• 08:25 (IST)

    The origin of the latest chaos in Maldives

    The tiny tourist archipelago of Maldives has been plunged into chaos recently, with the president pitted against the Supreme Court after he refused to comply with its Thursday order to release nine political dissidents.

  • 08:19 (IST)

    International press body condemns harassment of Maldivian media 

    "The Committee to Protect Journalists today called on Maldivian authorities to stop threatening and harassing news outlets and allow them to operate freely," a CPJ statement said on Tuesday. 

  • 08:14 (IST)

    Maldives MP Eva Abdulla slams President for declaring emergency

  • 08:12 (IST)

    WATCH: Chief Justice Abdulla Saeed arrested by Maldives Police

  • 08:06 (IST)

    Maldives chief justice arrested, says police
     
     
    Maldives Chief Justice Abdulla Saeed and another Supreme Court judge were arrested at dawn on Tuesday, hours after President Abdulla Yameen declared a state of emergency, AFP quoted police as saying. 
     
    There were complaints of corruption against justices Saeed and Ali Hameed, police said in a brief statement after security forces stormed the apex court complex in the capital Male.

  • 07:55 (IST)

    MEA advises Indian nationals to avoid non-essential travel to Maldives

  • 07:48 (IST)

    State of Emergency in Maldives

    Maldives President Abdulla Yameen declared a 15-day state of emergency in the honeymoon islands, before heavily armed troops stormed the country's top court and a former president was arrested in a deepening political crisis, reports AFP.

LATEST UPDATES: The presidential office in Maldives has said that the state of Emergency was imposed in order to protect the citizens of the country in the aftermath of the protests over the supreme court's verdict. Meanwhile, a senior defence expert has ruled out a possibility of India trying a "Operation Cactus"-like military intervention.

After the United States, the United Kingdom Foreign Office has urged President Abdulla Yameen to end the state of emergency and restore democratic institutions. Meanwhile, the MDP, the largest party in the country, demanded that the arrested judges be released at the earliest.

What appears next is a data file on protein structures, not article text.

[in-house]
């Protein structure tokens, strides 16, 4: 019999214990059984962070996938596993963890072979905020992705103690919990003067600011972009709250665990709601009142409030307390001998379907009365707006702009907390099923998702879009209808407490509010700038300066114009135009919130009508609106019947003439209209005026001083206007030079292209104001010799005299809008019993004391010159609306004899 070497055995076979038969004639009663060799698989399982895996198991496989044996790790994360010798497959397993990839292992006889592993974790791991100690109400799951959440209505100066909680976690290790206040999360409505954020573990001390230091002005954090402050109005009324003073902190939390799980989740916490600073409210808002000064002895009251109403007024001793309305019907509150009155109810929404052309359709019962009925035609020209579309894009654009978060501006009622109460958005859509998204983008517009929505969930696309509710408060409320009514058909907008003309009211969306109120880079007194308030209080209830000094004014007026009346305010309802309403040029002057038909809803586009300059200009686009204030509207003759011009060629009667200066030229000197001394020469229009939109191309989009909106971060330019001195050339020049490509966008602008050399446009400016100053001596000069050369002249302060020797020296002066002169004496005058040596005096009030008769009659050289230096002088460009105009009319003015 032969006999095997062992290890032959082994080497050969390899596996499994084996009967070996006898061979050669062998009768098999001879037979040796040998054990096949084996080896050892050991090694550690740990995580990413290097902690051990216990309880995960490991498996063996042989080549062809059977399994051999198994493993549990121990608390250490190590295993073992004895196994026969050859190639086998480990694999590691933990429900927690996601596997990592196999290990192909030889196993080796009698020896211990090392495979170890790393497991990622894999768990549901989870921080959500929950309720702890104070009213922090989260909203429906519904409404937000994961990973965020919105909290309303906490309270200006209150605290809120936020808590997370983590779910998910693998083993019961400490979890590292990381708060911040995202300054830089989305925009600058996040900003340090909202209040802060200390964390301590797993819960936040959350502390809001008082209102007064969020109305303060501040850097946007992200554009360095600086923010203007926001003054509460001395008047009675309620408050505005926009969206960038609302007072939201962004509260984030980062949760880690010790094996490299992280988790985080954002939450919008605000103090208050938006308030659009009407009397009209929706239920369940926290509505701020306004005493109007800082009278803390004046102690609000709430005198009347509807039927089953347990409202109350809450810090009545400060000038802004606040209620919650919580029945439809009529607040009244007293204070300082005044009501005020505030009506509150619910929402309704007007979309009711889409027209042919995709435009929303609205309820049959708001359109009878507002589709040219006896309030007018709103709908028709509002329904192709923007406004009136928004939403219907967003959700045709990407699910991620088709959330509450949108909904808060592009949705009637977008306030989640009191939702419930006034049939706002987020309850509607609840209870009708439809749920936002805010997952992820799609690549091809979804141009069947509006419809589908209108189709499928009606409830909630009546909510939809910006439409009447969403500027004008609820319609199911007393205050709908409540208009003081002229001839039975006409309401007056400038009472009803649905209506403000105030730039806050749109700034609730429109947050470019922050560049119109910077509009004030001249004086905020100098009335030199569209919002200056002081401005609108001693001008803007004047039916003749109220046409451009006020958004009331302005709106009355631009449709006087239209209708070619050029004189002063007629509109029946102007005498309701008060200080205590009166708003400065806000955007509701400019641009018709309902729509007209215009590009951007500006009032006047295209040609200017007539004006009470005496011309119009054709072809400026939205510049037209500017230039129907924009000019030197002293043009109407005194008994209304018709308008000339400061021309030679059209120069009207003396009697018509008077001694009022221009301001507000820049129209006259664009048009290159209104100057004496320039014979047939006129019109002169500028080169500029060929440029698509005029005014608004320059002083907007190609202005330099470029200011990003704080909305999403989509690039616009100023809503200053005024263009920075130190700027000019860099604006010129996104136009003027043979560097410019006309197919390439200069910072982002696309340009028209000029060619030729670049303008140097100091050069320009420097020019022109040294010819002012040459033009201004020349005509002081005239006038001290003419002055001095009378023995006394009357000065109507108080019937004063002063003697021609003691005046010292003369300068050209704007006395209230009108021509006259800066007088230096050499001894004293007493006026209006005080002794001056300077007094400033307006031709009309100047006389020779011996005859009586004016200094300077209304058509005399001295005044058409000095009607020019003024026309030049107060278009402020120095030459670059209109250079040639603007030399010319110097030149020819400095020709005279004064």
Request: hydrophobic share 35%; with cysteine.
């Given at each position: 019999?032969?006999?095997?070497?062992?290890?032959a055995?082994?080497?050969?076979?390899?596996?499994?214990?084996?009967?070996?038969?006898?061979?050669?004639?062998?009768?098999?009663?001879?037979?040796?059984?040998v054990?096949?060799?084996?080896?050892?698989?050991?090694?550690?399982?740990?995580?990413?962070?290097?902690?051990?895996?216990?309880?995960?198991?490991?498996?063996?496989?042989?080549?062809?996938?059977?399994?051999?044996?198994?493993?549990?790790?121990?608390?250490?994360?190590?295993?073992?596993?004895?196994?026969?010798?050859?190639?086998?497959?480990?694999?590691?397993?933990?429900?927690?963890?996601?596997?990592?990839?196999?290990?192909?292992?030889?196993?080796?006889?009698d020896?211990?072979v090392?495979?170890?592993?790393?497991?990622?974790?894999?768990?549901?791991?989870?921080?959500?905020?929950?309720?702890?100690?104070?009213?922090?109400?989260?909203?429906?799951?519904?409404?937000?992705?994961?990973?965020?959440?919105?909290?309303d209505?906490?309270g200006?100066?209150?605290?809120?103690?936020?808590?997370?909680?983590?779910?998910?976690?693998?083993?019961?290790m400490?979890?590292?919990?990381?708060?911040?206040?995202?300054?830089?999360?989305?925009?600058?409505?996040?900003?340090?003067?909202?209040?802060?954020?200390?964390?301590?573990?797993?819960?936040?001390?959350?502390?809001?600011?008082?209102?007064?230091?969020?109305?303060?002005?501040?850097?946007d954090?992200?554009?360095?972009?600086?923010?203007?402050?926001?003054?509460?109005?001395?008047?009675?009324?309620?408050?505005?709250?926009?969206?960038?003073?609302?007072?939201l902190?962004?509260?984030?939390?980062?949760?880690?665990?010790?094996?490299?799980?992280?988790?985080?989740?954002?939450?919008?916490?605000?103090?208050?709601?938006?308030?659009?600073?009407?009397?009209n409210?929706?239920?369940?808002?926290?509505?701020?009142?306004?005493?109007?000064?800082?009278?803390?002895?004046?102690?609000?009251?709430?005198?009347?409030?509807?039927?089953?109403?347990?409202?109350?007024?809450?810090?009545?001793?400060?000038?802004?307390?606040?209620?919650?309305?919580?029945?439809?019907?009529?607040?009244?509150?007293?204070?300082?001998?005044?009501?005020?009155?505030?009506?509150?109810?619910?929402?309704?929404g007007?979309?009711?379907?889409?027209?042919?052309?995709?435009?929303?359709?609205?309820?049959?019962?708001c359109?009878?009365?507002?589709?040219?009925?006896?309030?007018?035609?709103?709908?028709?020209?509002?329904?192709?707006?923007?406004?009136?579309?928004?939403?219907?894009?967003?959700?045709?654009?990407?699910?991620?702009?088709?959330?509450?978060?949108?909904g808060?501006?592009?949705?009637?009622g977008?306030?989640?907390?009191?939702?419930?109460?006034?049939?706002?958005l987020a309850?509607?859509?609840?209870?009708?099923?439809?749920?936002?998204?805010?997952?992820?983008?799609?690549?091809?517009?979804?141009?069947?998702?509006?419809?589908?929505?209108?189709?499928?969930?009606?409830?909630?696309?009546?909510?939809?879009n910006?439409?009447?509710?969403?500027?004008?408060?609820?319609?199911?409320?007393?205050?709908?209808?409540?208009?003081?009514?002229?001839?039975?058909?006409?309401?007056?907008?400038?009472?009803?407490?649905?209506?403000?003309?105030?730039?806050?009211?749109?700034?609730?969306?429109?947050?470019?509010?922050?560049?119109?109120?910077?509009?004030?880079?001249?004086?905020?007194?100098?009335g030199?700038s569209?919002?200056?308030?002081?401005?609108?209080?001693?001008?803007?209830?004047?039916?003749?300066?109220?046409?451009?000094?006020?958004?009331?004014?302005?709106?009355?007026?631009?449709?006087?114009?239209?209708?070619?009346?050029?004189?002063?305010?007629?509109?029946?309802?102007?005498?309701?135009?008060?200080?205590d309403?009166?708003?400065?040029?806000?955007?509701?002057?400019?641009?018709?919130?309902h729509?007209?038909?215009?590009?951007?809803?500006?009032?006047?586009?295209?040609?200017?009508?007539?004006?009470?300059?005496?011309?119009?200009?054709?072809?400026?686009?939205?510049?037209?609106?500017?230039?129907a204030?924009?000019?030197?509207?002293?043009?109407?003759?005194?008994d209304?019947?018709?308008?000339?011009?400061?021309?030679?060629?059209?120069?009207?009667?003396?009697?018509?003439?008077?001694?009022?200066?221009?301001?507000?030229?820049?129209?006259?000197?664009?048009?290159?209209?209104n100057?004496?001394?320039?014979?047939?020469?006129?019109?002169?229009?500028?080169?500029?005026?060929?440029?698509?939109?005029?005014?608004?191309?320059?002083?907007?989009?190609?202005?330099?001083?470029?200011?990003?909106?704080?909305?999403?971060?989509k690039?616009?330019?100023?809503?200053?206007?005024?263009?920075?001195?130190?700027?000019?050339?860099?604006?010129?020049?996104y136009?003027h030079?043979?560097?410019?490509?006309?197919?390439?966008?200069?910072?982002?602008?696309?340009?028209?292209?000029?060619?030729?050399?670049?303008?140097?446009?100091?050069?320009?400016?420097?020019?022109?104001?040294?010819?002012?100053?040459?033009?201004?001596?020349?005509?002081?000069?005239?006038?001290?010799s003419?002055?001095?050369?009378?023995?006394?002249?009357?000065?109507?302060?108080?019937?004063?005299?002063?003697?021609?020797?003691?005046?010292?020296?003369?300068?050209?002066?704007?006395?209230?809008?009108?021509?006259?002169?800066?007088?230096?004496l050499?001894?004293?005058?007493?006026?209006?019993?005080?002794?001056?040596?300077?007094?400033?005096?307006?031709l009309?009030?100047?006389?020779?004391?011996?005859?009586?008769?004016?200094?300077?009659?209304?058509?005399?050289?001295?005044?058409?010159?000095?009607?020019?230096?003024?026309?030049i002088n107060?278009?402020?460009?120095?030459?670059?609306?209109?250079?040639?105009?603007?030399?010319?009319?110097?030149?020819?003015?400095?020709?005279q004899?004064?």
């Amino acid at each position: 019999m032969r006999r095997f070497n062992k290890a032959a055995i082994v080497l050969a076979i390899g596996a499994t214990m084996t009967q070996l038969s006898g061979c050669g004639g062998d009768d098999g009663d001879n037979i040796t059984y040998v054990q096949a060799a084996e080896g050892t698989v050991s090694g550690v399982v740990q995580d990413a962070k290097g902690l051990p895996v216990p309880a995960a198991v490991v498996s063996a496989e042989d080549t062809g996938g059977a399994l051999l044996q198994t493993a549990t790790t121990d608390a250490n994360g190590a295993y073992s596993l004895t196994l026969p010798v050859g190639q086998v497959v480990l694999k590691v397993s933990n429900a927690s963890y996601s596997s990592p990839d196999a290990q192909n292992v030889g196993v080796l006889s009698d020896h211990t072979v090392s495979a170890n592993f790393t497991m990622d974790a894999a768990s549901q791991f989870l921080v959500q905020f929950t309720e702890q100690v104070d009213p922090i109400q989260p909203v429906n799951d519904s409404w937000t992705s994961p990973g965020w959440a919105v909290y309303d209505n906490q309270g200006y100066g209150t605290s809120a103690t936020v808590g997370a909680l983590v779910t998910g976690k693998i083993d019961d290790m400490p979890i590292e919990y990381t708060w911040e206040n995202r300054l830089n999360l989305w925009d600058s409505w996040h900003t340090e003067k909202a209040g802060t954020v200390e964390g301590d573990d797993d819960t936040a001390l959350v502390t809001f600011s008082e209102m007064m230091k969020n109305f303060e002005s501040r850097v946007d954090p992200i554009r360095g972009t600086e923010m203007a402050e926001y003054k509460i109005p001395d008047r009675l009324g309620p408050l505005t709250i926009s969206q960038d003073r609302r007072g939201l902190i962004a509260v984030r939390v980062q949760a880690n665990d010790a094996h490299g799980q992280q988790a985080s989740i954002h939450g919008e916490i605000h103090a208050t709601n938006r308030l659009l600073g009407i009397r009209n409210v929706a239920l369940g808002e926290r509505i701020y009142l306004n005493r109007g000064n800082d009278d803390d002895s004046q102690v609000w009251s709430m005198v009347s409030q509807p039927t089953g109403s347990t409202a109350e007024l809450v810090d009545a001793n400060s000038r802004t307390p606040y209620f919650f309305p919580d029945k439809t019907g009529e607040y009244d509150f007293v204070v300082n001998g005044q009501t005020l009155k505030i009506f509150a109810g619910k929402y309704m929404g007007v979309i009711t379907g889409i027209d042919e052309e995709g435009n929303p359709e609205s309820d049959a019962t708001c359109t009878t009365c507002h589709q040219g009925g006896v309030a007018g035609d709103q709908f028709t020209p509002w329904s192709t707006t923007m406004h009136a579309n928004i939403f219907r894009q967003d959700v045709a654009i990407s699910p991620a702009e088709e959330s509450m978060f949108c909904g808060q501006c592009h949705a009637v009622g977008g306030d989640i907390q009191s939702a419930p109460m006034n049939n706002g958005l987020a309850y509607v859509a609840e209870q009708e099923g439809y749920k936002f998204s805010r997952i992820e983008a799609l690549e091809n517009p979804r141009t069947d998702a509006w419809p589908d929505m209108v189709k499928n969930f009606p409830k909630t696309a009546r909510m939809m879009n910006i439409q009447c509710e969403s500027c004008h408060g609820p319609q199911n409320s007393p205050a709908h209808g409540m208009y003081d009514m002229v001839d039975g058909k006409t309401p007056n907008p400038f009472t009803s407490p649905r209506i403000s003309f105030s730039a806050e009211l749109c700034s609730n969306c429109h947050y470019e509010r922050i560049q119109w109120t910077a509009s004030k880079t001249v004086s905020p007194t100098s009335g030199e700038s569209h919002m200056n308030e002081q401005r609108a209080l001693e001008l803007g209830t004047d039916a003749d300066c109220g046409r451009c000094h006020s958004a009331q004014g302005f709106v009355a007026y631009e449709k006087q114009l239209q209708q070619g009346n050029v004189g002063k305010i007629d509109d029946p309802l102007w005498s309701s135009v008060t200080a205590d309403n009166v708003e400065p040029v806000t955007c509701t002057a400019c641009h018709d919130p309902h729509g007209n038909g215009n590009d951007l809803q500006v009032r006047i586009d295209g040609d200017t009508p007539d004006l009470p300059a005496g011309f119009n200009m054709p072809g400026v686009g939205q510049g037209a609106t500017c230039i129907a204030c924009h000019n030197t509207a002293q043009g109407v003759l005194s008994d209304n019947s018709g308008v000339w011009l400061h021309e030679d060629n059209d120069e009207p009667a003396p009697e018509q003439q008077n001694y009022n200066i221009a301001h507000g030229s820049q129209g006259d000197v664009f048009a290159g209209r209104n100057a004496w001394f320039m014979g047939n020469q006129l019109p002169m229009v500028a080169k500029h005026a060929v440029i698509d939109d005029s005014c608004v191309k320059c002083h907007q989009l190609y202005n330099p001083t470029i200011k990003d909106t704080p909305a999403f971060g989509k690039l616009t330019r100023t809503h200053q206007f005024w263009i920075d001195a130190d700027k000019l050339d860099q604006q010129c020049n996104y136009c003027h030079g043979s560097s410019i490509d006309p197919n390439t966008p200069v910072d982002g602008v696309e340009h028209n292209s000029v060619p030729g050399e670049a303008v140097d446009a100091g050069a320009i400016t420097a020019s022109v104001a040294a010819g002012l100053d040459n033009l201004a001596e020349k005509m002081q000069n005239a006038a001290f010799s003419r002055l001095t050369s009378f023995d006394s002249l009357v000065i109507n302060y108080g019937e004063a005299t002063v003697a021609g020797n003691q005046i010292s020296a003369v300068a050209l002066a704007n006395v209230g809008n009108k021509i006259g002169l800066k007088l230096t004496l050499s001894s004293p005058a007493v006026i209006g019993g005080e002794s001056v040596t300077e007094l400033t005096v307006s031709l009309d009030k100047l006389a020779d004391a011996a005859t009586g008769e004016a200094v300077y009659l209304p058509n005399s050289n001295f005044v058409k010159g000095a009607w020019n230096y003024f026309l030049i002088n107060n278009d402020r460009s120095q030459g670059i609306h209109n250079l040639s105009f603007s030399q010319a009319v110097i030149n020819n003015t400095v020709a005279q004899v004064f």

The united Opposition has condemned the state of Emergency in the island, calling it "unconstitutional". The US National Security Council has also tweeted in support of the Maldivian people and urged the president to follow the directions of the supreme court.

A leader of the Maldivian opposition, Eva Abdulla has slammed the Yameen administration for its crackdown against the chief justice in the aftermath of the state of Emergency, which was imposed on Monday.

The Maldivian Police has arrested the Chief Justice of the Maldives Supreme Court Abdulla Saeed and other judges in alleged cases of corruption. The arrest came just hours after President Abdulla Gayoom declared a state of Emergency.

Maldives President Abdulla Yameen declared a 15-day state of emergency in the honeymoon islands, before heavily armed troops stormed the country's top court and a former president was arrested in a deepening political crisis.

The tiny tourist archipelago has been plunged into chaos recently, with the president pitted against the Supreme Court after he refused to comply with its Thursday order to release nine political dissidents.

The tense standoff comes amid a years-long government crackdown on dissent that has battered the image of the upmarket holiday paradise, with the president jailing almost all the political opposition since he came to power in 2013.

Maldives police arrested Yameen's estranged half-brother and former president Maumoon Abdul Gayoom, who had sided with the main opposition and was campaigning against him.

The 80-year-old, who was president for 30 years until the country's first democratic elections in 2008, was taken away from his home in the capital Male around midnight, according to a tweet from his daughter Yumna Maumoon.

File image of Maldives president Abdulla Yameen. AFP

File image of Maldives president Abdulla Yameen. AFP

Shortly before he was taken in by the police, Gayoom also recorded a video message posted on Twitter to his supporters.

"I have not done anything to be arrested," he said. "I urge you to remain steadfast in your resolve too. We will not give up on the reform work we are doing."

Heavily armed troops and police special operations units had earlier stormed the Supreme Court building where Chief Justice Abdulla Saeed and others were sheltering, the court said on Twitter, though their fate was not immediately clear.

Hundreds of people had gathered outside the courts complex and police used pepper spray to disperse the crowds.

The court's shock move on Thursday had also ordered the government to restore the seats of 12 legislators sacked for defecting from Yameen's party, giving the opposition the majority in the assembly, meaning they could potentially impeach the president.

A defiant government -- which has since ordered police and troops to resist any attempt to arrest or impeach Yameen -- said the court was not above the law.

"The Supreme Court ruling stands in defiance of the highest authority in the country: the constitution," government spokesman Ibrahim Hussain Shihab said in a statement.

"The Supreme Court must remember that it too is bound by law."

He said the government would "facilitate calm" and ensure the safety of all citizens and tourists "throughout this unusual period."

With inputs from AFP


Published Date: Feb 06, 2018 10:52 AM | Updated Date: Feb 06, 2018 11:55 AM